If the game itself goes as well as the build-up, this will have been a completely successful excursion for coach and players alike. Mississippi State arrived Monday and, so far, has been able to strike a satisfactory balance between fun…and game.
"This has been a great event so far for us," Mullen said at Thursday's combined coaches press conference. "A great opportunity for our young men. It's a celebration for the season and a reward of not just getting to play a game, but an educational reward coming to Nashville. The learning experience they have, whether staying in a hotel that has more people than some of their home towns; or going to a first hockey game, or going on a river boat ride, it's a great educational experience. If we could finish it off with a win it would be a spectacular bowl trip."
Of course any bowl trip ought to be something special. While the Music City Bowl might not have the stature or tenure of New Years Day bowls, it offers both teams an exclusive broadcast timeslot Friday evening. Last year's game drew a 7.1 million audience, fifth-best of any SEC-affiliated game. There is the $3.65 combined payout, the larger (if undisclosed how much) slice going to the SEC.
But in this year's case, the MCB also pits a pair of teams from neighboring and not exactly friendly leagues against each other with the victor posting a winning season. Both are 6-6 after the regular schedule, and while fan bases rarely regard 6-7 as a ‘losing' season if the bowl game tipped the balance…going 7-6 looks a lot better from any perspective.
"Finishing the season with a win is huge," Mullen said today. "You're talking about next September 1, so there's a good nine months we don't play football. The importance of that momentum, coming off a win, leaves a good taste in the mouth. It's a positive reinforcement for your kids.
"You want to win the trophy. We're playing for a championship, to me that is the most important thing. And that's what we've talked about all week."
Wake Forest Coach Jim Grobe has followed basically a similar bowl-week approach, and also likes how the Demon Deacons have responded. "They were really cranked-up this morning," he said, noting how at the team picture session on LP Field today his players looked a little different than the rest of the week. "I think it kind of hit home that we're getting ready to play a game again."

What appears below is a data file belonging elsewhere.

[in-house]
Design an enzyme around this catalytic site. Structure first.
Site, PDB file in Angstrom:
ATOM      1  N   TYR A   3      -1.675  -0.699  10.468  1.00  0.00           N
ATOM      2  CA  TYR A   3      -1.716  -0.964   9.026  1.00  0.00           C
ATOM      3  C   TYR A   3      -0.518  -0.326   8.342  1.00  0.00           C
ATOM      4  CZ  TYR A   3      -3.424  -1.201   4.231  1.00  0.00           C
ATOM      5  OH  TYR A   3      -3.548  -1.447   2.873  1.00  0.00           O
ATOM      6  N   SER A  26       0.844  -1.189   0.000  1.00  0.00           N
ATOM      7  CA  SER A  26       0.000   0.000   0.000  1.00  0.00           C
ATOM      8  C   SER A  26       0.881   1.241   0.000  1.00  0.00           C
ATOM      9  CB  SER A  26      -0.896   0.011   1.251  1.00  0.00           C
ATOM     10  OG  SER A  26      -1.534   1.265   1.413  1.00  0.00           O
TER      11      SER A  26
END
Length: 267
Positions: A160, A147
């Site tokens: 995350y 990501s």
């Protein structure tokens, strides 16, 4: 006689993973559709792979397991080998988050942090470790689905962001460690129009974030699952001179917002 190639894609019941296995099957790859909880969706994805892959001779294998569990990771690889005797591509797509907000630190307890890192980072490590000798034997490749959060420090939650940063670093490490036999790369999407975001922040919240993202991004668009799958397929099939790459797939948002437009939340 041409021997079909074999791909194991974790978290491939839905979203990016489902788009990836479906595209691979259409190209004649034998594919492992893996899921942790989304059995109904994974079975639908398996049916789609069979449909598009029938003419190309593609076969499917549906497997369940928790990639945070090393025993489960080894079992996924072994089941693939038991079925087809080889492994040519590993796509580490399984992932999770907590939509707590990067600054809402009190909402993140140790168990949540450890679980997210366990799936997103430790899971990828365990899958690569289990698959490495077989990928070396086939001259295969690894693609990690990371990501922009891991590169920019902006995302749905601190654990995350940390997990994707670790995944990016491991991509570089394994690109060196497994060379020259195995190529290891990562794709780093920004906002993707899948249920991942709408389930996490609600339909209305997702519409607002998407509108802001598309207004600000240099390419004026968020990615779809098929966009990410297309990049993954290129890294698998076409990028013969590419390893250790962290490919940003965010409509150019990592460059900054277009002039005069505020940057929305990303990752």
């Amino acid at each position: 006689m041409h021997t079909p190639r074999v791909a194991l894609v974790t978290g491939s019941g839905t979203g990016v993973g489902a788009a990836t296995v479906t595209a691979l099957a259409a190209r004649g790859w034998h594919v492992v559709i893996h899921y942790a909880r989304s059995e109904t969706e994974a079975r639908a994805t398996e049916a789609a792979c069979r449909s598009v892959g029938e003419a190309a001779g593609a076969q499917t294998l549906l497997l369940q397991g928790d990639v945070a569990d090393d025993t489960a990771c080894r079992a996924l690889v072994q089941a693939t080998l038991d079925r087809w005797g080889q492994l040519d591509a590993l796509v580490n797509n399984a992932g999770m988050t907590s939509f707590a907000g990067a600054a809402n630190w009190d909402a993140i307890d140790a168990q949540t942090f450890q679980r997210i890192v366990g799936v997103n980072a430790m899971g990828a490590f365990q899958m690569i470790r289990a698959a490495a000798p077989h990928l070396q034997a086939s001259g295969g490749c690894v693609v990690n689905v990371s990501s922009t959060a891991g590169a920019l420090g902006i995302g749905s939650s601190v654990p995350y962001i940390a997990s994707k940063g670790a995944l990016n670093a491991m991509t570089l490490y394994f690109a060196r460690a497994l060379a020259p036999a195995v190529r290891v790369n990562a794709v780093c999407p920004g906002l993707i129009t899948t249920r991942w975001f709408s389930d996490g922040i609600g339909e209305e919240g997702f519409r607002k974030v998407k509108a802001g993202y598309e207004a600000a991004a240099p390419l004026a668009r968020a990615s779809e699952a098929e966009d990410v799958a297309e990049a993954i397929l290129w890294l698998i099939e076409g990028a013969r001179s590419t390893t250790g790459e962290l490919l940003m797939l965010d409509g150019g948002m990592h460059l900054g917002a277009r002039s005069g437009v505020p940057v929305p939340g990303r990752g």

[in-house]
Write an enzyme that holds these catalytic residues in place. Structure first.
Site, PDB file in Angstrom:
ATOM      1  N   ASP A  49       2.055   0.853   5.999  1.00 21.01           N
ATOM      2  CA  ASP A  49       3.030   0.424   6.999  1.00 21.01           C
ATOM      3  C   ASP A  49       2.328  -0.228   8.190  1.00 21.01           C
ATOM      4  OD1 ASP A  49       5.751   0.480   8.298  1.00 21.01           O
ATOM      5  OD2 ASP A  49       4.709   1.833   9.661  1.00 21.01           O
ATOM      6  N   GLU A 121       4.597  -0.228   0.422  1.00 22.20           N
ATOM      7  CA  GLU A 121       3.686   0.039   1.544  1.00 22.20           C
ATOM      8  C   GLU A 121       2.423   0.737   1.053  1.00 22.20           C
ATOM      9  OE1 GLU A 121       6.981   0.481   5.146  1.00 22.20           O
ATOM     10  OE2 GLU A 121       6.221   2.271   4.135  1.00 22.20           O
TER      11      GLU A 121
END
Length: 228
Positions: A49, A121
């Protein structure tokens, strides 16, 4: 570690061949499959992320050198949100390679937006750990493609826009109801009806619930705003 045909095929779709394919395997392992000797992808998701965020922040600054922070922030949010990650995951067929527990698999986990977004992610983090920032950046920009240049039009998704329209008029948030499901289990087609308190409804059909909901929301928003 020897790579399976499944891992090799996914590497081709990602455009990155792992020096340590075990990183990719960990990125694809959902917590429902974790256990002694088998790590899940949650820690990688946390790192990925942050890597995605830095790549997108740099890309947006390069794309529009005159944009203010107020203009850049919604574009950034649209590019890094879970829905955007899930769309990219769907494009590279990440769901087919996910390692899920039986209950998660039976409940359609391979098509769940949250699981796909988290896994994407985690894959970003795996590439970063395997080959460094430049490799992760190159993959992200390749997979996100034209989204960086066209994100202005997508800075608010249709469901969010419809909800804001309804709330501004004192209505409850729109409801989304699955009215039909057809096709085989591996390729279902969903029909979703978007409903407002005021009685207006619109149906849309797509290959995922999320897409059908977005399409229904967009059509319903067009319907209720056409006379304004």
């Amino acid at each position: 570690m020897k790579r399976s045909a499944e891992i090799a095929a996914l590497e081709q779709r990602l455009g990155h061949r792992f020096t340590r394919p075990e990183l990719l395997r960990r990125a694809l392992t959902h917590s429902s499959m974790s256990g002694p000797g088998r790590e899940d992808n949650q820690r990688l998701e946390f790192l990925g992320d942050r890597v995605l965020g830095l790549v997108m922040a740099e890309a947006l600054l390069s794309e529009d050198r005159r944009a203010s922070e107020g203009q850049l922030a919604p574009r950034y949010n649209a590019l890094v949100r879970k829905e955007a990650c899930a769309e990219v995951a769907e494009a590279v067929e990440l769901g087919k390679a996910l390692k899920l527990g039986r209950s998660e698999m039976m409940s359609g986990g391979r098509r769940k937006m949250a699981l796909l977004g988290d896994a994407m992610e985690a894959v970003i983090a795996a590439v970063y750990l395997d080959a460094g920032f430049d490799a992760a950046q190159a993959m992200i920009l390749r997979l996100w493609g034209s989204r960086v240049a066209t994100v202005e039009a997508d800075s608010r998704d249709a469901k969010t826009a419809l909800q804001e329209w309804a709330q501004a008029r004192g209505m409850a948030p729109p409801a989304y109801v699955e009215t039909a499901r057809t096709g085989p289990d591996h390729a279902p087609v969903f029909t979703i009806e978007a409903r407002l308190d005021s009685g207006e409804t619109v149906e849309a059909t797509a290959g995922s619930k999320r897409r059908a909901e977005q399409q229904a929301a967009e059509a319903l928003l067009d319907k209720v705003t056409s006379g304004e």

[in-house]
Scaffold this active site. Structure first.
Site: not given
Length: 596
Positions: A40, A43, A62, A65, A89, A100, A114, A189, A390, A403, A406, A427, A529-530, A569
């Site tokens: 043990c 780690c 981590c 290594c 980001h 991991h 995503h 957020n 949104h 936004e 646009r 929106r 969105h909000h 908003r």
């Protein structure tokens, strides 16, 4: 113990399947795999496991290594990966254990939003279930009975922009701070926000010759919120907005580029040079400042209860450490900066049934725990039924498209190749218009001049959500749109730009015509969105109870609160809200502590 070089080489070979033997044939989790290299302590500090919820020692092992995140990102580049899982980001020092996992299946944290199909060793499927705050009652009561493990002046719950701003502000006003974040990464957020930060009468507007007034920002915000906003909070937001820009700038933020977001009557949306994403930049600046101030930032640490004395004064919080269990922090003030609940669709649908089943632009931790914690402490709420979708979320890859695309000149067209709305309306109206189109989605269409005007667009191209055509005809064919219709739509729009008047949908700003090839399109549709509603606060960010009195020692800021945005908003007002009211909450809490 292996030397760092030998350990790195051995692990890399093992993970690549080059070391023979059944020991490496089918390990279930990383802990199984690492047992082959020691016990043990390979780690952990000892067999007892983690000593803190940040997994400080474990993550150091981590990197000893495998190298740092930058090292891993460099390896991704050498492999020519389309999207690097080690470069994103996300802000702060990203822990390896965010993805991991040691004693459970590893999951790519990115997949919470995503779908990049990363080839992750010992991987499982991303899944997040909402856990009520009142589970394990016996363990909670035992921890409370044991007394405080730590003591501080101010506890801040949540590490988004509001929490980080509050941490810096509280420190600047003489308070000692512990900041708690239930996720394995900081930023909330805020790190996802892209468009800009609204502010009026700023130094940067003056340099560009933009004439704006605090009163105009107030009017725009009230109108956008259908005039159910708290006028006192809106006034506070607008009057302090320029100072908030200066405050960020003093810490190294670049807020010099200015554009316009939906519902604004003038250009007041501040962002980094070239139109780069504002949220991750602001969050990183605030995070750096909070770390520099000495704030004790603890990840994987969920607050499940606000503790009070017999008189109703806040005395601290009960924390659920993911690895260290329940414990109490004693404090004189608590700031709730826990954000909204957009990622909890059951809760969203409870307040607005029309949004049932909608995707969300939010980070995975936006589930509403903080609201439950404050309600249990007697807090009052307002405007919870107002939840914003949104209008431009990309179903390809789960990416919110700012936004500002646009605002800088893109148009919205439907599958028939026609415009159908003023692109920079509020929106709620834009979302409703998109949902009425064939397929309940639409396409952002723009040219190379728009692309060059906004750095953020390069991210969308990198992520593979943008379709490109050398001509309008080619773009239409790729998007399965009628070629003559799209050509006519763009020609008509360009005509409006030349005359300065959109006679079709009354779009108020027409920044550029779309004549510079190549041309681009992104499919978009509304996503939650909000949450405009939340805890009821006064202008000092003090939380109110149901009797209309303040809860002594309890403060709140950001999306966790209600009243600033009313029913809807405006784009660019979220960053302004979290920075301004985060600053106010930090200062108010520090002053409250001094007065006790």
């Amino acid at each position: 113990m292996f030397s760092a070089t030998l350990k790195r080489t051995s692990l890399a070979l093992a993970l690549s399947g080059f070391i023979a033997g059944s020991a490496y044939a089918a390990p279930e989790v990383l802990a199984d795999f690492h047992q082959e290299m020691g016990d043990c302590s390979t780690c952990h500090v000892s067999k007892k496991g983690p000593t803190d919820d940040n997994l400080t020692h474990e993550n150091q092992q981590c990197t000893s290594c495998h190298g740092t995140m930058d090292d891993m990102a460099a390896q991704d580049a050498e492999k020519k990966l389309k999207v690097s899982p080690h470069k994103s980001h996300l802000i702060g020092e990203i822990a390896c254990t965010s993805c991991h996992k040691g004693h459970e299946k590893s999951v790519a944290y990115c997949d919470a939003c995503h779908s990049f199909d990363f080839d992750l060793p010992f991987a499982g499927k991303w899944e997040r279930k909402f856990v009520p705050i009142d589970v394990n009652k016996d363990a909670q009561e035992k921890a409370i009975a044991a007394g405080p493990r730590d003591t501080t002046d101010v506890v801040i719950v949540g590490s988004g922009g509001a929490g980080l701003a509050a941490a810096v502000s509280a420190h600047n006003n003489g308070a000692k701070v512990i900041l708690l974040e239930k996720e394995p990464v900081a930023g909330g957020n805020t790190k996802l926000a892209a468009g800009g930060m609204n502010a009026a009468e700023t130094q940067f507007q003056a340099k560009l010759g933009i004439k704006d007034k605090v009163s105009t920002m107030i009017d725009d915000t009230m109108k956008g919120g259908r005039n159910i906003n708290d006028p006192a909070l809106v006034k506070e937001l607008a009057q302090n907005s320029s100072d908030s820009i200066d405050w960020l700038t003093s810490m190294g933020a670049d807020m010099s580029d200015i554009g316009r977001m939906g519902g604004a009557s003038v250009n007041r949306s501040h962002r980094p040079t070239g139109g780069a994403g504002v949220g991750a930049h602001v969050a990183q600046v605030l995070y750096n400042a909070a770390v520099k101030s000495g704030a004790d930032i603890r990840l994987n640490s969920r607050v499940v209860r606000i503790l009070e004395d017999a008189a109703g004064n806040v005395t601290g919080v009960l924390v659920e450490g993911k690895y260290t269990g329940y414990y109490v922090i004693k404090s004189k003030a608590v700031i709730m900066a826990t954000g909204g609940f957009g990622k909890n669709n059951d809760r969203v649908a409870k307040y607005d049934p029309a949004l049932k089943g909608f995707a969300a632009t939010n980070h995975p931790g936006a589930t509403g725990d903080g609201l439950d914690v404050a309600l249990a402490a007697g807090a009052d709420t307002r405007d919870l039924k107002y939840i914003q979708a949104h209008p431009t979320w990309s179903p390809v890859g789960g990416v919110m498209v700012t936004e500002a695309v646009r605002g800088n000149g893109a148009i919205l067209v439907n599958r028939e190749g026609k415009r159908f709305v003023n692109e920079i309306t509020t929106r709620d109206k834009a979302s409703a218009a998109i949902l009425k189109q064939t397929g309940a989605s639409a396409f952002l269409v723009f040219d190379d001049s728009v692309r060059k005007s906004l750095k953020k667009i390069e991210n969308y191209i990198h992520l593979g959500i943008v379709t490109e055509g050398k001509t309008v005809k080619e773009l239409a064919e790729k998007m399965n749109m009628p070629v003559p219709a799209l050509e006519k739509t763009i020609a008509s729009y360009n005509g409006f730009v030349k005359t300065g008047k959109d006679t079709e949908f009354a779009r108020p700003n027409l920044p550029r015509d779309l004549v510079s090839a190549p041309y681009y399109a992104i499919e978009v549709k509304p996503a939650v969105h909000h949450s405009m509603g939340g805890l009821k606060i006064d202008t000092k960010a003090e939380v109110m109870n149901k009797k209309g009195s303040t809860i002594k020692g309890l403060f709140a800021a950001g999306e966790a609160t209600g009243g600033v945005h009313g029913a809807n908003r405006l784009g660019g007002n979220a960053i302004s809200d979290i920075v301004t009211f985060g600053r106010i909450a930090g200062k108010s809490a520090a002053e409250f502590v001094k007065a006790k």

Mississippi State's scheduled team photo and walk-through on the field was Thursday afternoon, and Mullen expected the Bulldogs to be impressed with the Tennessee Titans home field.
"We get to play in some of the great stadiums in college football week-in and week-out. But the opportunity to come play in a NFL stadium is a great experience. And maybe for some of our younger guys a motivator, that maybe they can come play in this stadium if they work hard enough and play well."
Many Bulldogs of course are making a second post-season appearance in a professional venue. Mullen's second State squad celebrated a breakthrough year by playing in Jacksonville's Gator Bowl, and by thrashing Michigan 52-14. Now veterans of that squad will try achieve not just consecutive bowl wins, something not done at State since 1999 (Peach) and 2000 (Independence). They can also score back-to-back winning seasons.
Wake Forest is trying to come out better than break-even after consecutive losing seasons. Grobe, who took the Deacons to three-straight bowls before that, said his team is "blessed" by this chance to play again. Wake Forest began the season well but limped through the second half with some close and painful calls, and a just plain painful 41-7 thumping by SEC member Vanderbilt to end the schedule.
"Certainly after that game we didn't have a very happy team," Grobe said. "But the opportunity to play another game is important to our guys. We were just leaking oil pretty bad by the time we got to that game, so it's an opportunity for us hopefully to bounce back."
Though, he's doing it with a roster of guys two years removed from bowling, or new to it entirely. Grobe sees the difference now compared to 2008 when he had a mature squad comfortable with everything. Now, "A couple of our classes have never been to one. I hope they handle it well."
Not that Mullen counts his club as well-seasoned in post-seasons just yet. The ten practices held on campus were heavily tilted towards younger and less-proven players, a pre-spring camp for all intents. Nashville work has been about the real game itself. Still, Mullen noticed some encouraging carry-over from a year ago.